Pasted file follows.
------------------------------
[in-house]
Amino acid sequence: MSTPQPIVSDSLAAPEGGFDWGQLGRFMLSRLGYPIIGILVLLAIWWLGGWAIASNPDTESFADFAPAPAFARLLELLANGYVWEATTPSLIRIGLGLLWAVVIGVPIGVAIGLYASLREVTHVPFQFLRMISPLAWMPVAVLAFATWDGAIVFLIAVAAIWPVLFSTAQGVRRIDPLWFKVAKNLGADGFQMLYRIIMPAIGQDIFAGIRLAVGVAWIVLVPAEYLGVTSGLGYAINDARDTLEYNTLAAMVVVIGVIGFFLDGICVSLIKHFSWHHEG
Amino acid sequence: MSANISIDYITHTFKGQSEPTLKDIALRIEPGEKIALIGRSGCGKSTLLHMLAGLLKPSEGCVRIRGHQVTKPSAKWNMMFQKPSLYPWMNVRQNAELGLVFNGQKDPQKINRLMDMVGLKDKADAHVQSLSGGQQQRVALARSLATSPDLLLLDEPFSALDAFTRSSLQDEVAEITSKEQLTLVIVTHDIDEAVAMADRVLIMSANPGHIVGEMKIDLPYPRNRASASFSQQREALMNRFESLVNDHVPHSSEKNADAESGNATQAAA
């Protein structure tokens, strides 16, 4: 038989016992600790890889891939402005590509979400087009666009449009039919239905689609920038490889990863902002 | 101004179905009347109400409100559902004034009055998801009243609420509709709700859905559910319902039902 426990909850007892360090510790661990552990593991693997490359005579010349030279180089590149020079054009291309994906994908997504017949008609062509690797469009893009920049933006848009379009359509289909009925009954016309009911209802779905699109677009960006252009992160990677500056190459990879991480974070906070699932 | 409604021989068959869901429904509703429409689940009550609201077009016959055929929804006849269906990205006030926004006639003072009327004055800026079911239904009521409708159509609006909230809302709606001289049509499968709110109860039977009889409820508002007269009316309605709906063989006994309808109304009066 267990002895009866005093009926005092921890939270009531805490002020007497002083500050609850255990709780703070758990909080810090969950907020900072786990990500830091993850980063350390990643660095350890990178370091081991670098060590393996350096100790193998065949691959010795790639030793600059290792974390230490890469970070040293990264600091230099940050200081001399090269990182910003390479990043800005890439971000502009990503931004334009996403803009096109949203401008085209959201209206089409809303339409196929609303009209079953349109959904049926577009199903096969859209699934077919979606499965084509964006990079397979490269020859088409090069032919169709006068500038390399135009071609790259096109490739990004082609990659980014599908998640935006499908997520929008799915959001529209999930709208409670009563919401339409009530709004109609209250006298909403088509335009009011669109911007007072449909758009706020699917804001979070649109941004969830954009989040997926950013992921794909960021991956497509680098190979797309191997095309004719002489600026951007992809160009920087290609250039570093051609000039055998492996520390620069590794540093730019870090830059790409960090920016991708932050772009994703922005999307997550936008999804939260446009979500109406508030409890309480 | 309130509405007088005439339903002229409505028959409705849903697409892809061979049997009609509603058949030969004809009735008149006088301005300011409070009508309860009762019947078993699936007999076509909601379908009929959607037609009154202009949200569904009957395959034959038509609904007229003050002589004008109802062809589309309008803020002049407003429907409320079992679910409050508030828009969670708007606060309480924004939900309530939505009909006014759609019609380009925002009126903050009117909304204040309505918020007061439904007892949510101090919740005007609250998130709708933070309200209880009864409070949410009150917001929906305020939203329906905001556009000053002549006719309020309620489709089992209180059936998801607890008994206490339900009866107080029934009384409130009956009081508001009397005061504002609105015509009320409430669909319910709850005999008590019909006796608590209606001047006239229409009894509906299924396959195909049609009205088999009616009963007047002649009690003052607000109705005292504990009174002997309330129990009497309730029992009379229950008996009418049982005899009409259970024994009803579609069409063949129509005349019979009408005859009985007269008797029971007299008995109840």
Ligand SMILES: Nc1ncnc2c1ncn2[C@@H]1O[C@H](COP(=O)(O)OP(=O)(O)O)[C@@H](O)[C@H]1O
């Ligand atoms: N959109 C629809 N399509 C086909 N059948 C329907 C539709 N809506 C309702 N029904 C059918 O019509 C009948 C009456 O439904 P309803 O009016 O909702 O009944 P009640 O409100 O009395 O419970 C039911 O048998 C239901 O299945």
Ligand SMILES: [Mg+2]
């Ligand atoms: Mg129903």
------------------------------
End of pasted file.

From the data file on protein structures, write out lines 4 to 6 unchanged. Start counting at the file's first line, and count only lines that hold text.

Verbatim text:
């Protein structure tokens, strides 16, 4: 038989016992600790890889891939402005590509979400087009666009449009039919239905689609920038490889990863902002 | 101004179905009347109400409100559902004034009055998801009243609420509709709700859905559910319902039902 426990909850007892360090510790661990552990593991693997490359005579010349030279180089590149020079054009291309994906994908997504017949008609062509690797469009893009920049933006848009379009359509289909009925009954016309009911209802779905699109677009960006252009992160990677500056190459990879991480974070906070699932 | 409604021989068959869901429904509703429409689940009550609201077009016959055929929804006849269906990205006030926004006639003072009327004055800026079911239904009521409708159509609006909230809302709606001289049509499968709110109860039977009889409820508002007269009316309605709906063989006994309808109304009066 267990002895009866005093009926005092921890939270009531805490002020007497002083500050609850255990709780703070758990909080810090969950907020900072786990990500830091993850980063350390990643660095350890990178370091081991670098060590393996350096100790193998065949691959010795790639030793600059290792974390230490890469970070040293990264600091230099940050200081001399090269990182910003390479990043800005890439971000502009990503931004334009996403803009096109949203401008085209959201209206089409809303339409196929609303009209079953349109959904049926577009199903096969859209699934077919979606499965084509964006990079397979490269020859088409090069032919169709006068500038390399135009071609790259096109490739990004082609990659980014599908998640935006499908997520929008799915959001529209999930709208409670009563919401339409009530709004109609209250006298909403088509335009009011669109911007007072449909758009706020699917804001979070649109941004969830954009989040997926950013992921794909960021991956497509680098190979797309191997095309004719002489600026951007992809160009920087290609250039570093051609000039055998492996520390620069590794540093730019870090830059790409960090920016991708932050772009994703922005999307997550936008999804939260446009979500109406508030409890309480 | 309130509405007088005439339903002229409505028959409705849903697409892809061979049997009609509603058949030969004809009735008149006088301005300011409070009508309860009762019947078993699936007999076509909601379908009929959607037609009154202009949200569904009957395959034959038509609904007229003050002589004008109802062809589309309008803020002049407003429907409320079992679910409050508030828009969670708007606060309480924004939900309530939505009909006014759609019609380009925002009126903050009117909304204040309505918020007061439904007892949510101090919740005007609250998130709708933070309200209880009864409070949410009150917001929906305020939203329906905001556009000053002549006719309020309620489709089992209180059936998801607890008994206490339900009866107080029934009384409130009956009081508001009397005061504002609105015509009320409430669909319910709850005999008590019909006796608590209606001047006239229409009894509906299924396959195909049609009205088999009616009963007047002649009690003052607000109705005292504990009174002997309330129990009497309730029992009379229950008996009418049982005899009409259970024994009803579609069409063949129509005349019979009408005859009985007269008797029971007299008995109840």
Ligand SMILES: Nc1ncnc2c1ncn2[C@@H]1O[C@H](COP(=O)(O)OP(=O)(O)O)[C@@H](O)[C@H]1O
């Ligand atoms: N959109 C629809 N399509 C086909 N059948 C329907 C539709 N809506 C309702 N029904 C059918 O019509 C009948 C009456 O439904 P309803 O009016 O909702 O009944 P009640 O409100 O009395 O419970 C039911 O048998 C239901 O299945």